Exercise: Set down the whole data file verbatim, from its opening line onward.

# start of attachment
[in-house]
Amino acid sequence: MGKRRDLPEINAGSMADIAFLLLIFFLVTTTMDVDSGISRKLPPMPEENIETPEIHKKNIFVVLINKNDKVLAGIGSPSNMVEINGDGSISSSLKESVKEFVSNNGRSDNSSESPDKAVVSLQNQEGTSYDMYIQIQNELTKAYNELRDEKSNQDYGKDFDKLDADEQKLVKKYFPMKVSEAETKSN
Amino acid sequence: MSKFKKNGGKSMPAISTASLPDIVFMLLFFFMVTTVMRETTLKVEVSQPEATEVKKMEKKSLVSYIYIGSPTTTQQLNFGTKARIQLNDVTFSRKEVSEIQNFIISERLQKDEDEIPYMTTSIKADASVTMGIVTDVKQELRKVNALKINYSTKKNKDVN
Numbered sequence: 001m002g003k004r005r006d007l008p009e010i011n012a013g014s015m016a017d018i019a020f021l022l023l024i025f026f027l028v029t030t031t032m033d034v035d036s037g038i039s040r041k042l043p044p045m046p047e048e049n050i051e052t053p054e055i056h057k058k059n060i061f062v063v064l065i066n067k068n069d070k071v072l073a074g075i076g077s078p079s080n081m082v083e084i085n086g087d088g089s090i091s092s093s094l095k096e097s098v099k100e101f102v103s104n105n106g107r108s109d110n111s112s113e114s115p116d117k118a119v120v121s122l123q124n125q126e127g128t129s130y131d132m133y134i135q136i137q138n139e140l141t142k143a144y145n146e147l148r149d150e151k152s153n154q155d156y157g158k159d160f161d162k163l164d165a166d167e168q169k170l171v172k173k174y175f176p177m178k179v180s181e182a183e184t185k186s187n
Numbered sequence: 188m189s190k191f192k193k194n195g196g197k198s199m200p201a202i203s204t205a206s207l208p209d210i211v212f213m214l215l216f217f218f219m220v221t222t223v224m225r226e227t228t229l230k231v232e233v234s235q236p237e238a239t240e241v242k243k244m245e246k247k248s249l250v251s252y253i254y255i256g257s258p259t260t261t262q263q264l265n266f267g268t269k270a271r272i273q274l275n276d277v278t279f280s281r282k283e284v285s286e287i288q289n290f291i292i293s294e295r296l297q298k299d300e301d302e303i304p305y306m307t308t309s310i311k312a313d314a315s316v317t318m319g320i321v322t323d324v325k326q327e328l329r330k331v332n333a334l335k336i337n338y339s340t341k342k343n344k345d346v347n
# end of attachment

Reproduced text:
[in-house]
Amino acid sequence: MGKRRDLPEINAGSMADIAFLLLIFFLVTTTMDVDSGISRKLPPMPEENIETPEIHKKNIFVVLINKNDKVLAGIGSPSNMVEINGDGSISSSLKESVKEFVSNNGRSDNSSESPDKAVVSLQNQEGTSYDMYIQIQNELTKAYNELRDEKSNQDYGKDFDKLDADEQKLVKKYFPMKVSEAETKSN
Amino acid sequence: MSKFKKNGGKSMPAISTASLPDIVFMLLFFFMVTTVMRETTLKVEVSQPEATEVKKMEKKSLVSYIYIGSPTTTQQLNFGTKARIQLNDVTFSRKEVSEIQNFIISERLQKDEDEIPYMTTSIKADASVTMGIVTDVKQELRKVNALKINYSTKKNKDVN
Numbered sequence: 001m002g003k004r005r006d007l008p009e010i011n012a013g014s015m016a017d018i019a020f021l022l023l024i025f026f027l028v029t030t031t032m033d034v035d036s037g038i039s040r041k042l043p044p045m046p047e048e049n050i051e052t053p054e055i056h057k058k059n060i061f062v063v064l065i066n067k068n069d070k071v072l073a074g075i076g077s078p079s080n081m082v083e084i085n086g087d088g089s090i091s092s093s094l095k096e097s098v099k100e101f102v103s104n105n106g107r108s109d110n111s112s113e114s115p116d117k118a119v120v121s122l123q124n125q126e127g128t129s130y131d132m133y134i135q136i137q138n139e140l141t142k143a144y145n146e147l148r149d150e151k152s153n154q155d156y157g158k159d160f161d162k163l164d165a166d167e168q169k170l171v172k173k174y175f176p177m178k179v180s181e182a183e184t185k186s187n
Numbered sequence: 188m189s190k191f192k193k194n195g196g197k198s199m200p201a202i203s204t205a206s207l208p209d210i211v212f213m214l215l216f217f218f219m220v221t222t223v224m225r226e227t228t229l230k231v232e233v234s235q236p237e238a239t240e241v242k243k244m245e246k247k248s249l250v251s252y253i254y255i256g257s258p259t260t261t262q263q264l265n266f267g268t269k270a271r272i273q274l275n276d277v278t279f280s281r282k283e284v285s286e287i288q289n290f291i292i293s294e295r296l297q298k299d300e301d302e303i304p305y306m307t308t309s310i311k312a313d314a315s316v317t318m319g320i321v322t323d324v325k326q327e328l329r330k331v332n333a334l335k336i337n338y339s340t341k342k343n344k345d346v347n